Mikhail Gorbachev said, “It is a blow to the entire democratic, independent press. It is a grave crime against the country, against all of us.” Gorby, who’s 10 times the man Putin dreams of being, must hate what Putin’s doing to the country his unique courage created out of the stagnant cesspool that was the Soviet Union.

So far there are only rumours and allegations that Politkovskaya was killed by the Russian government, no proof. Supposedly she was about to file article for the Monday paper about torturers in the government of Ramzan A. Kadyrov, the pro-Kremlin premier of Chechnya. If so, where is the story? Where is the evidence? Perhaps it was coincidence.

But then occurred the strange case of Alexander Litvinenko, an ex-KGB agent who was poisoned with a radioactive isotope, polonium-210, after beginning to investigate Politkovskaya’s murder and who accused the Russian government of killing him in his last moments.

Again there is no proof of any wrongdoing by Russian officials. Is there fire beneath the smoke? Clearly there is a trend in Russia toward the repression of individual rights and the rights of the press and public to express opposition to Putin’s regime. Vlad, after all, would like to take Russia back to the glory days of Soviet Socialism when everything was under control and working like clockwork.

Perhaps this is why he’s so eager to slip into bed with Iran – Vlad and the mullahs understand each other, even if their beliefs are diametrically opposed. One form of police state is much the same as another, whether one is on the top of the heap or the bottom. Does it matter whether your torturer is a communist dupe or an Islamic zealot? Not to me.

It’s all about ideas, really, and the ways we’d like to alter them. W understands this, too, which is how we ended up in Iraq. He wanted to give the Middle East an injection of democracy as a booster shot to generate some new ways of thinking in those countries, hence the war. What he didn’t consider was that the introduction of foreign ideas into their intolerant cultures would provoke an allergic reaction.

Why? I think it’s because Islamic fundamentalists understand that their traditional ideas are neither compatible with and or sufficiently correct to compete with the ideas of freedom of expression, individual rights, and an educated citizenry.

This is why Islamic terrorists are killing teachers in Afghanistan and in Iraq, because they are threatened by education and its disturbing tendency to produce young people who want to think for themselves rather than follow rote lines scratched in the sand by previous generations.

It is all about the ideas. America must make sure that ours are reaching the ears, eyes, and minds of everyone who has an opportunity to receive them. The Bible says that we should hold God’s word in our hearts so that we may not sin against Him. It’s more than that, though. It’s there for times of trouble and times when we don’t dare let the words cross our lips – as in Vlad’s perfect version of the Soviet Union, circa 1953.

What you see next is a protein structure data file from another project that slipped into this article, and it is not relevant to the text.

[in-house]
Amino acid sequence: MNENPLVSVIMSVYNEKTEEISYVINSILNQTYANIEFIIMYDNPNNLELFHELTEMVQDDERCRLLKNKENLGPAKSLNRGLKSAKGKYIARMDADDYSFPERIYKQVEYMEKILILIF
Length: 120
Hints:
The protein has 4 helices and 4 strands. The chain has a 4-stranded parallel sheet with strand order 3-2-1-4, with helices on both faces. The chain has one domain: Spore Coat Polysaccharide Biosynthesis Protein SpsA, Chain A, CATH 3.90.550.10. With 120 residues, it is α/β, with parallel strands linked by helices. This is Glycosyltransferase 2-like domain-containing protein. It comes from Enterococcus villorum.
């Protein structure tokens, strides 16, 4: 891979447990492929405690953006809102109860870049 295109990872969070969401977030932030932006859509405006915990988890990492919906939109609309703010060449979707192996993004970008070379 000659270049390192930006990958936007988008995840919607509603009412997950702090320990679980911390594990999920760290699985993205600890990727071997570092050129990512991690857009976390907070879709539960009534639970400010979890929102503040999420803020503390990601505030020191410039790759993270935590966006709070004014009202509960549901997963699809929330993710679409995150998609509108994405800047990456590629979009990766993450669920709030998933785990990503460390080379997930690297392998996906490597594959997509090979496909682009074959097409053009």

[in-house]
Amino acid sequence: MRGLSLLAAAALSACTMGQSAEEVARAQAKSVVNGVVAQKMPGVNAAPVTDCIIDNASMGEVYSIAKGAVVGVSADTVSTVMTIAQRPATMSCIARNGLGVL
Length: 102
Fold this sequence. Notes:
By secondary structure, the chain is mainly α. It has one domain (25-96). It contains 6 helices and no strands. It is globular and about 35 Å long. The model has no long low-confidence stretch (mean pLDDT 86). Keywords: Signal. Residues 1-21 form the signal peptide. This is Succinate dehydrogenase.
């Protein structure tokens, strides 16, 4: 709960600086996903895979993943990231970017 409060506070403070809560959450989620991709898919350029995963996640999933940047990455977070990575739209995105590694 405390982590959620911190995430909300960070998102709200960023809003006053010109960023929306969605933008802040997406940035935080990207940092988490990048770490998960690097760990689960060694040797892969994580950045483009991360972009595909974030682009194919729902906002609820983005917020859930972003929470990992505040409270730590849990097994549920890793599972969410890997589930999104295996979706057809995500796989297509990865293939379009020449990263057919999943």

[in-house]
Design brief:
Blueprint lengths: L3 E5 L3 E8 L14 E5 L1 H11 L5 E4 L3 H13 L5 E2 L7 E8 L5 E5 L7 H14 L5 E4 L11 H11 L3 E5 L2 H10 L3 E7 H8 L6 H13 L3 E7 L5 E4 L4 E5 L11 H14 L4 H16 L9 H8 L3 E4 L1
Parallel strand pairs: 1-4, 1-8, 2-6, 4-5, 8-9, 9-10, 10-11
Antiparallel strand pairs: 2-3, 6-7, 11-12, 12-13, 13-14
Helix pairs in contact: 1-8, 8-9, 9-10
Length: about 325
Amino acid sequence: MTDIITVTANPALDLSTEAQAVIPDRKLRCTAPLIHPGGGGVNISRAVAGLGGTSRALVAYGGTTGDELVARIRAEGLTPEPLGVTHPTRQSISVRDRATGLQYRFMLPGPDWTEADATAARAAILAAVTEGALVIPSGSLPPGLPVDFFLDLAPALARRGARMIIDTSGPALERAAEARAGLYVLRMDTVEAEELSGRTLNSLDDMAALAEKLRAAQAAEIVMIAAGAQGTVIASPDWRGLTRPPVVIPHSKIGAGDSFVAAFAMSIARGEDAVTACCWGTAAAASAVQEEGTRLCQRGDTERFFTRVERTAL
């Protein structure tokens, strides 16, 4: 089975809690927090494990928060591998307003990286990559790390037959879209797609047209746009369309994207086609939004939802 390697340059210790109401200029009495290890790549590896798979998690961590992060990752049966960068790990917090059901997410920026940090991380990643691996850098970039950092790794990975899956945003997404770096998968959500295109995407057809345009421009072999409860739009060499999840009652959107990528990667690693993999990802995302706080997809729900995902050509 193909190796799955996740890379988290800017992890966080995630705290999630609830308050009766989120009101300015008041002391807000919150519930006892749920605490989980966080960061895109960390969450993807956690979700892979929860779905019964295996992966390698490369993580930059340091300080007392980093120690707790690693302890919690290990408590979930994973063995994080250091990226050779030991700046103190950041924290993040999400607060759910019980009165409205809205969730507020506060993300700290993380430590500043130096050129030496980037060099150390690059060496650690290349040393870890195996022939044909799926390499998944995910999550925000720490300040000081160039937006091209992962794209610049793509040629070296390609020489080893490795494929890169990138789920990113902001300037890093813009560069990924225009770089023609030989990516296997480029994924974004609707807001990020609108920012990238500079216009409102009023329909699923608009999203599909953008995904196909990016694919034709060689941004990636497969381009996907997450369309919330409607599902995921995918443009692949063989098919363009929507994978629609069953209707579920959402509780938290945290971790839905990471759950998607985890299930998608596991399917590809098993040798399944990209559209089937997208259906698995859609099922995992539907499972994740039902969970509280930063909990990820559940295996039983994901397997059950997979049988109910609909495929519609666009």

Democracy is much the same. It’s a dream for people trapped in these countries, a germ of a seed that’s hidden in a secret place in their minds. We need to make sure we plant those seeds and water them as best we can, whenever and wherever we can.

I was recently reminded that I should be striving to be an intercessor rather than being an accuser. I’ve recently commented in a couple of discussions about Islam and wondered afterward if I was doing the right thing by saying what I thought was the truth.

After all, the vast majority of Muslims are good people. Must the entire family be tainted by the scarlet brush because of the deeds of a murderous step-brother? Not, I think, if the y acknowledge the killer’s evil-doings for what they are and denounce them. Not once and for all, but each and every time.

It is, after all, their religion that the terrorists are using as both shield from and justification for their brutality. Islam must be reclaimed by those who it belongs to if the name of their religion is to signify peace again.

Of course, the corollary to this is that the U.S. must do the same. That’s going to be a tough idea for W to swallow. He may not do it. But the next president will. She’ll have to.

Update

According to Haaretz, Russia is selling shoulder-pack missiles to Syria, weapons that Israel thinks may end up in Lebanon in the hands to Hezbollah terrorists.

While Putin emphasized that the missile Russia is selling to Syria is vehicle launched and hardly a threat to Israeli planes, Israel is particularly worried by shoulder-launched versions of the missile, which could end up in the hands of Hezbollah along the Lebanese-Israeli border and limit Israeli air force overflights into Lebanon.

Thanks, Vlad.

Russia Responds to Terrorists

28.10.2002 (3:48 pm) – Filed under: Russia ::

Perhaps now that Vlad Putid and the Russians have had a taste of terrorist medicine they will take a more reasonable stance on Iraq. Putin needs a friend after his raid on terrorist hosting theater-goers hostage ended in the deaths of well over 100 of the hostages. Read the story on Yahoo news.

It’s regrettable that the situation ended in confusion and finger-pointing among the rescuers who, for the daring and bravery of the rescue attempt, will no doubt end up on the political skewer for trying to do the right thing.

At least our President Bush properly points the finger at the terrorists as the cause of the civilian deaths.